Increasing Written Literacy 

Author: Joseph Kanke, Instructional Coach

Education, as a system, is constantly undergoing changes and adapting to the needs of students.  One such need is to improve writing.  The response has been a campus-based push for increased writing opportunities referred to as Write to Learn, Writing Across the Curriculum or Writing in the Discipline.  While each term may not be used completely interchangeably, there is significant overlap.  For the purpose of this article, I will refer to this process of written literacy as Write to Learn.  Basically, Write to Learn means writing is occurring across disciplines and subjects.

Recent data shows students are not graduating high school with writing tools they need to be successful.  According to the Writing Next Report, 70% of students in grades 4-12 are considered low achieving writers and college instructors estimate that only 50% of high school graduates are prepared for college-level writing.

Everyone agrees that the more you read, the better reader you will become.  The results for writing are the same.  When students are given consistent and frequent writing practice, they will begin to see themselves as writers.  As they become better writers, they will have a platform to authentically engage with content and critical thinking skills will increase.  All of these skills will ensure that students are ready for academic and work related writing.

If you are on a campus that is considering the implementation of Write to Learn, there are two essential components you will want to address to make the program effective.  The first is that some teachers will feel unsure of their own writing abilities and thus—understandably—feel apprehensive about writing instruction.  They need to be assured that while providing immediate and specific feedback will be essential to writing growth, it does not necessarily need to focus on grammar.  The second key element is providing teachers with ample professional development.  Just as students need to develop a writer’s toolkit, teachers need access to a variety of authentic writing activities so they can choose what works best with their content.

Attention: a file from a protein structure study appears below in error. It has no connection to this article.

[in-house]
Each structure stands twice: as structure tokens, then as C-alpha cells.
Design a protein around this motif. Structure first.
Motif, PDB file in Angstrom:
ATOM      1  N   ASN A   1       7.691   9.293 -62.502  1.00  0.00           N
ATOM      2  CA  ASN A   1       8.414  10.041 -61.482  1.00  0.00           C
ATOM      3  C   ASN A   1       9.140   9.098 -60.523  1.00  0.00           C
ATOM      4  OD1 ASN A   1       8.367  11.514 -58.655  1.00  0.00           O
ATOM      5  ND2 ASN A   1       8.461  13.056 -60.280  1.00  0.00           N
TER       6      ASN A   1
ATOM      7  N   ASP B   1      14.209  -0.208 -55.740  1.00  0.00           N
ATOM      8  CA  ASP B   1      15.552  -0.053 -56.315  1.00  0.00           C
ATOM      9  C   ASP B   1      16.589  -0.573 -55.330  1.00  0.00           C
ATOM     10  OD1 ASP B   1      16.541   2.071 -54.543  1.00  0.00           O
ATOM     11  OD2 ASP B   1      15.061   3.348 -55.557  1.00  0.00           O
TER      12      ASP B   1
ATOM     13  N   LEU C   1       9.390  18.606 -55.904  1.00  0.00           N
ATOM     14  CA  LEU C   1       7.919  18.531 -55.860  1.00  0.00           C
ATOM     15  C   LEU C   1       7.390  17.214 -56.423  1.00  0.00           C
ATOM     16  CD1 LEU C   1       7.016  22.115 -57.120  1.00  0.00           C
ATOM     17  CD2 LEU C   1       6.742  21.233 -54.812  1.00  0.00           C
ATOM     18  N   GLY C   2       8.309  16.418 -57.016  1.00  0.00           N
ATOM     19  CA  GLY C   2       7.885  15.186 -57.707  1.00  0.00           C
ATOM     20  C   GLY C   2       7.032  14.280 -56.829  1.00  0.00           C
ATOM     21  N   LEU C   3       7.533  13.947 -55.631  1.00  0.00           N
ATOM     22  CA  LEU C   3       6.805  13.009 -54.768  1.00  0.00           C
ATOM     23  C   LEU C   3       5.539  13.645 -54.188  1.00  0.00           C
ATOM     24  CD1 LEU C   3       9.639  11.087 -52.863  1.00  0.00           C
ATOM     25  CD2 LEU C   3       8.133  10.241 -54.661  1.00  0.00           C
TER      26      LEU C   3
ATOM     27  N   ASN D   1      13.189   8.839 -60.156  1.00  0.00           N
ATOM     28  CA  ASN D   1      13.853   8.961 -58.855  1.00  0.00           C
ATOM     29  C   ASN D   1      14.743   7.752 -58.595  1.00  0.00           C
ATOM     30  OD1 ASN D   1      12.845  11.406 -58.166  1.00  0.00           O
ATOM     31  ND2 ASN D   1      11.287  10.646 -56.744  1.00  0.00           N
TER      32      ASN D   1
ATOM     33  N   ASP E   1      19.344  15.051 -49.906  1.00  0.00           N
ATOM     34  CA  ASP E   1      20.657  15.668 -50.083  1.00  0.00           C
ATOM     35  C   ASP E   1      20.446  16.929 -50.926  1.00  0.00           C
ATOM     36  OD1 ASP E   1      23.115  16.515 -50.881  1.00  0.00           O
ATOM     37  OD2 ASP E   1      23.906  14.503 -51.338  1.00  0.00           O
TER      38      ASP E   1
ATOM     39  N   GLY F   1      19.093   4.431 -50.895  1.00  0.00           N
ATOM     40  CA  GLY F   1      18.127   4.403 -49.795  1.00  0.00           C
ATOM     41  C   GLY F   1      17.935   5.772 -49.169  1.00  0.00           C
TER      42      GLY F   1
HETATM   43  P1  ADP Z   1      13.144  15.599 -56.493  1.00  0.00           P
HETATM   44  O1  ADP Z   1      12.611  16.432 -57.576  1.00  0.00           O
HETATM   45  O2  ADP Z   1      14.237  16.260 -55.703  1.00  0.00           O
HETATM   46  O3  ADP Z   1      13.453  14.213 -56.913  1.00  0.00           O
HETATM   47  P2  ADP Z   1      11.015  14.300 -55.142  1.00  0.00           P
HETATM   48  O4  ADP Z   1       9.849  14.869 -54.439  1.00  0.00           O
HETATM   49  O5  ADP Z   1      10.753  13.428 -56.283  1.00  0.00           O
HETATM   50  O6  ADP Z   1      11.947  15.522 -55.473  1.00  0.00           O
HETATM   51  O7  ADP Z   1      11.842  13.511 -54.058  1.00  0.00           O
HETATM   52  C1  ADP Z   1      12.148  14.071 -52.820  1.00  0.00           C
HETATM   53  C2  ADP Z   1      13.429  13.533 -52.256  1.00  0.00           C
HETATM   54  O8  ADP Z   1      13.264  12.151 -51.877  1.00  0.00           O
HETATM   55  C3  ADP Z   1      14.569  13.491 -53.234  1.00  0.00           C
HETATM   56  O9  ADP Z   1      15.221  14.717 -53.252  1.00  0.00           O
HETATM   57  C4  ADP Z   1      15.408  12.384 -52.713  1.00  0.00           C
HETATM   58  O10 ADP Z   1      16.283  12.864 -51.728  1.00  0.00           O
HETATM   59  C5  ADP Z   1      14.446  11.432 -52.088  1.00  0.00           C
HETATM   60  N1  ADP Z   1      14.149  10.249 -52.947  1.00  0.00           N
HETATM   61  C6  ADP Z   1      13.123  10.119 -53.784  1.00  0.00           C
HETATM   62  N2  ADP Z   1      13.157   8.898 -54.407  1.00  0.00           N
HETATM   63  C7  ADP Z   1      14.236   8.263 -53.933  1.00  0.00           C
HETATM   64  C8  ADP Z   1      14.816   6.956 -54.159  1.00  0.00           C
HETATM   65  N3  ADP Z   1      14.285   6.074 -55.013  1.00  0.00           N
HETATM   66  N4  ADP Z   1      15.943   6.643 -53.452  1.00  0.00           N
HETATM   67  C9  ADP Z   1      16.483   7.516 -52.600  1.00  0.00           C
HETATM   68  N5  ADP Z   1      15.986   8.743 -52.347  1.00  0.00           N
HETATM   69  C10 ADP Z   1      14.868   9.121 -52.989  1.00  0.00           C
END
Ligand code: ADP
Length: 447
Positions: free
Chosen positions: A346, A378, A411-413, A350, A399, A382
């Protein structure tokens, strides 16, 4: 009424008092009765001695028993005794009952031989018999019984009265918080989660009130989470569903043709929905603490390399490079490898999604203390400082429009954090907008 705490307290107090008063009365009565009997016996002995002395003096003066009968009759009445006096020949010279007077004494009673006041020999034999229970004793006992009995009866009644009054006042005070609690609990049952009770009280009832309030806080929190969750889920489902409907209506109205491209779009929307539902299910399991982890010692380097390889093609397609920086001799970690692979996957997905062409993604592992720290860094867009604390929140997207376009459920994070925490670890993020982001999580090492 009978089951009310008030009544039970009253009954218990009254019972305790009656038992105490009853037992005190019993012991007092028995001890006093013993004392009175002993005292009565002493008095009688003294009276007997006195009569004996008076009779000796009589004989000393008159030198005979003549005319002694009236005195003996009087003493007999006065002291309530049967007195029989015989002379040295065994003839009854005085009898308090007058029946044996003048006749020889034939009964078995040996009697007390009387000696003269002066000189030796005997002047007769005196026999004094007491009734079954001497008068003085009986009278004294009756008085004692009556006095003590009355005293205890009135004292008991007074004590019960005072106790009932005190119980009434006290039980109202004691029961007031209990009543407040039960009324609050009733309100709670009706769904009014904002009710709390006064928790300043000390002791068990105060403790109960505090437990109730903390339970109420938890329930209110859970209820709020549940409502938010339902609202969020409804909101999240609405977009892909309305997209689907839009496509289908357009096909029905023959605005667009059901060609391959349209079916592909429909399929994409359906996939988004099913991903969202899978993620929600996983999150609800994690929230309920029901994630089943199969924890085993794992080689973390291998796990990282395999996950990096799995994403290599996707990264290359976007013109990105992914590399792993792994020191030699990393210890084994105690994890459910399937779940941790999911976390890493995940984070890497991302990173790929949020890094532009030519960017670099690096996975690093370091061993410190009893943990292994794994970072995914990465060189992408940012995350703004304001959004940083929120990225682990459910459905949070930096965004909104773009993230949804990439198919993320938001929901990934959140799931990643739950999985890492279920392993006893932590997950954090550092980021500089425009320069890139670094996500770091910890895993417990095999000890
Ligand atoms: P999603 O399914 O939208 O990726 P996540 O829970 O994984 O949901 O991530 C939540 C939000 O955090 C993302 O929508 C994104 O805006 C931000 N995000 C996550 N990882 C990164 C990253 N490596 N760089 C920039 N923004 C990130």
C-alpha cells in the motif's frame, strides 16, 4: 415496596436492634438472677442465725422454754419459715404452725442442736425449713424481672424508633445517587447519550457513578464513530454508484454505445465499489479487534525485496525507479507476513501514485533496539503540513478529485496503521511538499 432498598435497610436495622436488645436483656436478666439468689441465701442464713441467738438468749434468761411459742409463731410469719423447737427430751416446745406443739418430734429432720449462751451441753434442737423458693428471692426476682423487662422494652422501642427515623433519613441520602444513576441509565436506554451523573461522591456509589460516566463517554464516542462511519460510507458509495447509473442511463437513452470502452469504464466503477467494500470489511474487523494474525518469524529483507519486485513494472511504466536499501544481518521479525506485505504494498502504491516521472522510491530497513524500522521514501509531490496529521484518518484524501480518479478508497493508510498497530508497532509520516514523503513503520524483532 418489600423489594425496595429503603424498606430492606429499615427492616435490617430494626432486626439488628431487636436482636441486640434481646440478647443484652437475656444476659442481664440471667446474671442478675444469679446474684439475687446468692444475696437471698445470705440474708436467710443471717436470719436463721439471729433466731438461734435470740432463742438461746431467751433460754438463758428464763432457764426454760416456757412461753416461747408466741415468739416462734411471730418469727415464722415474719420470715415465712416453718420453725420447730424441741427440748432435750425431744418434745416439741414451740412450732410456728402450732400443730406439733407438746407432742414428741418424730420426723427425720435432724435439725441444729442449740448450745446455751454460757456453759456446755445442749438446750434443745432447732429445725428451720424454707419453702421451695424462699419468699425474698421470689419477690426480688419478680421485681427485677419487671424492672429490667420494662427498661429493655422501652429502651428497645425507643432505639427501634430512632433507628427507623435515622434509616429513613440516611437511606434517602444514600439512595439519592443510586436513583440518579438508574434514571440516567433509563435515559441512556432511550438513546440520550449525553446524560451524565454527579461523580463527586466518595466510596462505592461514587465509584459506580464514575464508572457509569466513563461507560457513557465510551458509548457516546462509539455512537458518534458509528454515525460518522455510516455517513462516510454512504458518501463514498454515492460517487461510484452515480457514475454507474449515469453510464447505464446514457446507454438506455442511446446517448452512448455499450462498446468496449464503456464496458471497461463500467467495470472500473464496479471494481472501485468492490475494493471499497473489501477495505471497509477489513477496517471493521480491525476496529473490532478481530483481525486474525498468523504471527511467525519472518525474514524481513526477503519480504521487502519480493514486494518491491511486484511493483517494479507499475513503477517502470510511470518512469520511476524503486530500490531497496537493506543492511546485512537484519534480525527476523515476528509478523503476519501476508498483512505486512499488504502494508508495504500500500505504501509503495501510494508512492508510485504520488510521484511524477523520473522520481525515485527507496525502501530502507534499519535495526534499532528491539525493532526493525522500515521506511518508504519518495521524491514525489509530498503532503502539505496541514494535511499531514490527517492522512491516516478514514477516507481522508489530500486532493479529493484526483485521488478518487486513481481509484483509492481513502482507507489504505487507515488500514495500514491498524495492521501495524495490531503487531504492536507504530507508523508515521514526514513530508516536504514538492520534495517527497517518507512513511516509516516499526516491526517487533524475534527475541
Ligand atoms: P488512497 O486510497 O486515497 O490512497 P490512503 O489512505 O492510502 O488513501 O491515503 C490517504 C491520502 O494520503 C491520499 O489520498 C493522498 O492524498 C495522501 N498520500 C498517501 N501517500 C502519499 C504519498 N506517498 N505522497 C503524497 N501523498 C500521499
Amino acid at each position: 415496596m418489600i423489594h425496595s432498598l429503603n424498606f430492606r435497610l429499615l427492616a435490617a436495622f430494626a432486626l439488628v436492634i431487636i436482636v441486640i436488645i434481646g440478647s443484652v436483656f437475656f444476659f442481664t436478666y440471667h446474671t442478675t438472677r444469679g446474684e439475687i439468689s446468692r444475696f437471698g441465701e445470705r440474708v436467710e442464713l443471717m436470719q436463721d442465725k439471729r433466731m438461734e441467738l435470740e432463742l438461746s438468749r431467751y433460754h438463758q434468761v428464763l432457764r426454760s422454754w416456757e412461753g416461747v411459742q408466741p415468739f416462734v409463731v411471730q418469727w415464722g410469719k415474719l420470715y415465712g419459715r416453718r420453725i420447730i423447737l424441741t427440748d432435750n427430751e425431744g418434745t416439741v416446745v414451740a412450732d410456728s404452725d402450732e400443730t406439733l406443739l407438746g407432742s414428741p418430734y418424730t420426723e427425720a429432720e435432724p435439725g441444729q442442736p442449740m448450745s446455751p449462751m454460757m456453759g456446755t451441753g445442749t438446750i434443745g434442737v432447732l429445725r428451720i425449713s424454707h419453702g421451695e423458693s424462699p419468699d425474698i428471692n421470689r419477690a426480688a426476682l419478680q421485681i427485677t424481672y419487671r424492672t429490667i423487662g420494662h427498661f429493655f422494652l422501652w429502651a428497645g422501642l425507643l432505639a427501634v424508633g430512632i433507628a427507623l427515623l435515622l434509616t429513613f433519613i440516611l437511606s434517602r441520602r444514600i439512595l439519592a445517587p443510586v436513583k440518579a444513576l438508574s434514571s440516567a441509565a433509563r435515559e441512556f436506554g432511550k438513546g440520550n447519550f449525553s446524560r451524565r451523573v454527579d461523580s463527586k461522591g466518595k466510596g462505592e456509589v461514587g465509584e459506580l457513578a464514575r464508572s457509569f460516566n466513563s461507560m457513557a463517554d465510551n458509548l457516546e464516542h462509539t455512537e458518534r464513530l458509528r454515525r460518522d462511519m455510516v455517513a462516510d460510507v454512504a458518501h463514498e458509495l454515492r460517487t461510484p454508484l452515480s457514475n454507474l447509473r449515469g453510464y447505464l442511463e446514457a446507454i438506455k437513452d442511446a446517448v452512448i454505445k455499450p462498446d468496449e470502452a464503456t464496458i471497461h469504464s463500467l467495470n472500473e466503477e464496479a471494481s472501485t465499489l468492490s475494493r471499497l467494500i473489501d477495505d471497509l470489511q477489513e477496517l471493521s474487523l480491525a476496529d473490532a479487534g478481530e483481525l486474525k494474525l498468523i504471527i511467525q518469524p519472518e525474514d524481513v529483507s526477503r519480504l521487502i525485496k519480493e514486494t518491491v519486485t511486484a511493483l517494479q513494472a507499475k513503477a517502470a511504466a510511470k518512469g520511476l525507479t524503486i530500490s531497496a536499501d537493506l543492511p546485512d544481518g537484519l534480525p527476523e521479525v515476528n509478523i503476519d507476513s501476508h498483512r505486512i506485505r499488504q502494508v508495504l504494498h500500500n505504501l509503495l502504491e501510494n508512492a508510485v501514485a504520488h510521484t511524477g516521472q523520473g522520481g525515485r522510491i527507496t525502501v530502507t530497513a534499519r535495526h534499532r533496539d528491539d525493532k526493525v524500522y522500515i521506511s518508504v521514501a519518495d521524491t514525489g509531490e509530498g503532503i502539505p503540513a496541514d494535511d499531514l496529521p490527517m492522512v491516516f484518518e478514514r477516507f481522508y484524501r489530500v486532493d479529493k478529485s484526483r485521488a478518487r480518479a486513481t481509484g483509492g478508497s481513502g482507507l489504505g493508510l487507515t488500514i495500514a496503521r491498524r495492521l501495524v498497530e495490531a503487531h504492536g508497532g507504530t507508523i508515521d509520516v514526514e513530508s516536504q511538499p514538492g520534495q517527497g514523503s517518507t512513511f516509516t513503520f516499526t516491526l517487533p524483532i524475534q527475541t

Students need to be engaged in writing frequently and across subjects, content, and format to ensure adequate practice and exposure so that they are ready for college, careers, and life.

Here are two examples of writing strategies that could be implemented under the Write to Learn model.


Activity Implementation When to Use Grouping
Magnet Summaries
  1. After reading an article or finishing class notes, help students pick out the key word (concept being taught).  This will be their magnet word.
  2. Ask students to copy the magnet word in the center of a note card or page of their notebook.
  3. Tell students the magnet word acts like a magnet and pulls other key information that is important to the topic.
  4. Students should then pull key words from the article or notes and arrange them around the magnet word.
  5. Tell students to write a summary which includes the magnet word and some/all of the keywords.
  6. Since students will be so focused on including the keywords, their first summary may not flow smoothly.  Encourage students to edit a minimum of one time.

After reading an article.


After finishing class notes on a topic.



Individual to Pairs

Write 3, Draw 2
  1. Place no less than 8 papers with headings of your choice around the room. *
  2. Explain to students that you have posted key (vocabulary, dates, historical figures, equations, etc.) around the room that they should be familiar with.
  3. Tell them to move around the room and choose 3 of the pages and write, using complete sentences, something they know about that concept.
  4. Tell them to choose two additional concepts and draw a visual representation of something they know about it.

* Students are required to interact with 5 concepts, and by providing a minimum of 8, students will be given the element of choice.

  • Vocabulary
  • Equations
  • Historical Figures
  • Dates
  • Places
  • Parts of Whole (cells, plot, triangles)





Daniels, Harvey, Zemelman,S., & Steineke. N. (2007). Content-area writing:  Every teacher’s guide.  Portsmouth, NH:  Heinemann.

Graham, Steven & Perin, D. (2007). Writing next:  Effective strategies to improve writing of adolescents in middle and high schools.  New York, NY:  Carnegie.

Keifer, K., Lecourt, D., Reid, S., & Wyric, J. (2014, November 25). What is Writing to Learn? Retrieved February 4, 2015, from

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